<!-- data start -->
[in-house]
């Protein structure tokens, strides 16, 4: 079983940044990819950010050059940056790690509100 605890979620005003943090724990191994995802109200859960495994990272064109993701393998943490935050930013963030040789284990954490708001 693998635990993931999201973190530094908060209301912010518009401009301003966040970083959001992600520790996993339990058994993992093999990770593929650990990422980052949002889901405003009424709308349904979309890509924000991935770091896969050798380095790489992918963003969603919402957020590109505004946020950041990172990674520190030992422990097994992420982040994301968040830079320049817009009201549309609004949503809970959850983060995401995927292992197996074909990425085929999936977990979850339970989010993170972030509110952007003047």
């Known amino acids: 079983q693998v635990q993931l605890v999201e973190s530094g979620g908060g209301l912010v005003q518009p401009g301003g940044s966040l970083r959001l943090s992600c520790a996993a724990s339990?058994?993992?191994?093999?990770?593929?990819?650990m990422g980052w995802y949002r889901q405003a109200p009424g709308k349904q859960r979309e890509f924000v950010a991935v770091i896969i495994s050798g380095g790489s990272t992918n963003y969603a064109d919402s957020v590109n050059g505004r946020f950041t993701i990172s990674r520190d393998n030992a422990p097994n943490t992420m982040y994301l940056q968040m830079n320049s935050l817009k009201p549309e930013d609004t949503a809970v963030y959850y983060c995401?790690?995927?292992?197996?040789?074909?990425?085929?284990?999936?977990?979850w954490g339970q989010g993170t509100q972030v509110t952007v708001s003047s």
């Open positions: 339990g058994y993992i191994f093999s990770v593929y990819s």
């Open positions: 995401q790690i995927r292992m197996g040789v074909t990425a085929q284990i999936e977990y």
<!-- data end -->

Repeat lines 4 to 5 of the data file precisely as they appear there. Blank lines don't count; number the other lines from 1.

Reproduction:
């Open positions: 339990g058994y993992i191994f093999s990770v593929y990819s």
């Open positions: 995401q790690i995927r292992m197996g040789v074909t990425a085929q284990i999936e977990y």